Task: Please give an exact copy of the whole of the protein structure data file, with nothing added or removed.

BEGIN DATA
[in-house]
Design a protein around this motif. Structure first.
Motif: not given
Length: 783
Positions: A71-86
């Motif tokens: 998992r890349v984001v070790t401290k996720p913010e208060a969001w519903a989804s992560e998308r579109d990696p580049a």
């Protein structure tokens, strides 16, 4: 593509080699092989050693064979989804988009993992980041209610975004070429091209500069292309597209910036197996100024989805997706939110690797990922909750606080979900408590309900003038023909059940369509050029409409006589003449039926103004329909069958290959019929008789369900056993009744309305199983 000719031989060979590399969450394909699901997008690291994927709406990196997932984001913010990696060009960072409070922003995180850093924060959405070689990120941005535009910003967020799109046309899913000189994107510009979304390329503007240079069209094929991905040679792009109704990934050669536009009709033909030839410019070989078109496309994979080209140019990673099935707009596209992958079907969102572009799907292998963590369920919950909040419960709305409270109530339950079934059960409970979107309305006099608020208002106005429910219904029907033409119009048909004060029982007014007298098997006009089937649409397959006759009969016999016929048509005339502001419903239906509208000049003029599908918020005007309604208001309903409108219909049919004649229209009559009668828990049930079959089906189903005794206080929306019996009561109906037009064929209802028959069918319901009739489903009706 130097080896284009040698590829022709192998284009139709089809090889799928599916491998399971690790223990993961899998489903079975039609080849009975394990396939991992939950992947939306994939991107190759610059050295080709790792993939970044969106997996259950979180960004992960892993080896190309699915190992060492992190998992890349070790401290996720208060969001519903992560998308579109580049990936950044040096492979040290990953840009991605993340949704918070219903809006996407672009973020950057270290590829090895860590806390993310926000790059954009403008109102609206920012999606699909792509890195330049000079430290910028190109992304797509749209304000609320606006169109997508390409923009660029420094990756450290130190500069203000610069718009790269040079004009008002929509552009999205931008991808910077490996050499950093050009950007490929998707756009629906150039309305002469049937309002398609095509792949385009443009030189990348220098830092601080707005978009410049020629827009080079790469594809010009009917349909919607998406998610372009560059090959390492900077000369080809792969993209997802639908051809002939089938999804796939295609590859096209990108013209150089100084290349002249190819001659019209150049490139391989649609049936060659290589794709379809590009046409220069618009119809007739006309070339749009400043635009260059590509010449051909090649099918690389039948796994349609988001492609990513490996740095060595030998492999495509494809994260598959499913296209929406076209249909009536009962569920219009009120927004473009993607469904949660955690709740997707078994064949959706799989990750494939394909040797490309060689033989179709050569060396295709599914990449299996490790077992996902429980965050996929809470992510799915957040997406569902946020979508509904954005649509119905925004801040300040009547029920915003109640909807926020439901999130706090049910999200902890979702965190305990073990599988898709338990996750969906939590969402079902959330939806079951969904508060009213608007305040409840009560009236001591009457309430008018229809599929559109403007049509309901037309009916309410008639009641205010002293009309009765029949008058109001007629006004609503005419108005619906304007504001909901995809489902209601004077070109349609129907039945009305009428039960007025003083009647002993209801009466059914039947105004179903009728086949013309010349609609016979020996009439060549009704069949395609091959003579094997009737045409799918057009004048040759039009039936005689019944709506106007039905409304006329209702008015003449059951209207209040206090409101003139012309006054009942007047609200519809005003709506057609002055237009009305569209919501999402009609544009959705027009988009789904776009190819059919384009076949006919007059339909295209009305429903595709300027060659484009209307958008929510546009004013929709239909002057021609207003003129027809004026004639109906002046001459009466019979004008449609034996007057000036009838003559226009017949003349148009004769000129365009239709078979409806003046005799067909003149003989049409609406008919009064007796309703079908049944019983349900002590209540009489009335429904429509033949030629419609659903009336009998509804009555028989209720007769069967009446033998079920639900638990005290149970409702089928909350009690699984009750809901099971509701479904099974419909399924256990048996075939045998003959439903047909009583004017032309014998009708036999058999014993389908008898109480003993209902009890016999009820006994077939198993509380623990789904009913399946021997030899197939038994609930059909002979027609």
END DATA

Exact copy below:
[in-house]
Design a protein around this motif. Structure first.
Motif: not given
Length: 783
Positions: A71-86
């Motif tokens: 998992r890349v984001v070790t401290k996720p913010e208060a969001w519903a989804s992560e998308r579109d990696p580049a």
């Protein structure tokens, strides 16, 4: 593509080699092989050693064979989804988009993992980041209610975004070429091209500069292309597209910036197996100024989805997706939110690797990922909750606080979900408590309900003038023909059940369509050029409409006589003449039926103004329909069958290959019929008789369900056993009744309305199983 000719031989060979590399969450394909699901997008690291994927709406990196997932984001913010990696060009960072409070922003995180850093924060959405070689990120941005535009910003967020799109046309899913000189994107510009979304390329503007240079069209094929991905040679792009109704990934050669536009009709033909030839410019070989078109496309994979080209140019990673099935707009596209992958079907969102572009799907292998963590369920919950909040419960709305409270109530339950079934059960409970979107309305006099608020208002106005429910219904029907033409119009048909004060029982007014007298098997006009089937649409397959006759009969016999016929048509005339502001419903239906509208000049003029599908918020005007309604208001309903409108219909049919004649229209009559009668828990049930079959089906189903005794206080929306019996009561109906037009064929209802028959069918319901009739489903009706 130097080896284009040698590829022709192998284009139709089809090889799928599916491998399971690790223990993961899998489903079975039609080849009975394990396939991992939950992947939306994939991107190759610059050295080709790792993939970044969106997996259950979180960004992960892993080896190309699915190992060492992190998992890349070790401290996720208060969001519903992560998308579109580049990936950044040096492979040290990953840009991605993340949704918070219903809006996407672009973020950057270290590829090895860590806390993310926000790059954009403008109102609206920012999606699909792509890195330049000079430290910028190109992304797509749209304000609320606006169109997508390409923009660029420094990756450290130190500069203000610069718009790269040079004009008002929509552009999205931008991808910077490996050499950093050009950007490929998707756009629906150039309305002469049937309002398609095509792949385009443009030189990348220098830092601080707005978009410049020629827009080079790469594809010009009917349909919607998406998610372009560059090959390492900077000369080809792969993209997802639908051809002939089938999804796939295609590859096209990108013209150089100084290349002249190819001659019209150049490139391989649609049936060659290589794709379809590009046409220069618009119809007739006309070339749009400043635009260059590509010449051909090649099918690389039948796994349609988001492609990513490996740095060595030998492999495509494809994260598959499913296209929406076209249909009536009962569920219009009120927004473009993607469904949660955690709740997707078994064949959706799989990750494939394909040797490309060689033989179709050569060396295709599914990449299996490790077992996902429980965050996929809470992510799915957040997406569902946020979508509904954005649509119905925004801040300040009547029920915003109640909807926020439901999130706090049910999200902890979702965190305990073990599988898709338990996750969906939590969402079902959330939806079951969904508060009213608007305040409840009560009236001591009457309430008018229809599929559109403007049509309901037309009916309410008639009641205010002293009309009765029949008058109001007629006004609503005419108005619906304007504001909901995809489902209601004077070109349609129907039945009305009428039960007025003083009647002993209801009466059914039947105004179903009728086949013309010349609609016979020996009439060549009704069949395609091959003579094997009737045409799918057009004048040759039009039936005689019944709506106007039905409304006329209702008015003449059951209207209040206090409101003139012309006054009942007047609200519809005003709506057609002055237009009305569209919501999402009609544009959705027009988009789904776009190819059919384009076949006919007059339909295209009305429903595709300027060659484009209307958008929510546009004013929709239909002057021609207003003129027809004026004639109906002046001459009466019979004008449609034996007057000036009838003559226009017949003349148009004769000129365009239709078979409806003046005799067909003149003989049409609406008919009064007796309703079908049944019983349900002590209540009489009335429904429509033949030629419609659903009336009998509804009555028989209720007769069967009446033998079920639900638990005290149970409702089928909350009690699984009750809901099971509701479904099974419909399924256990048996075939045998003959439903047909009583004017032309014998009708036999058999014993389908008898109480003993209902009890016999009820006994077939198993509380623990789904009913399946021997030899197939038994609930059909002979027609």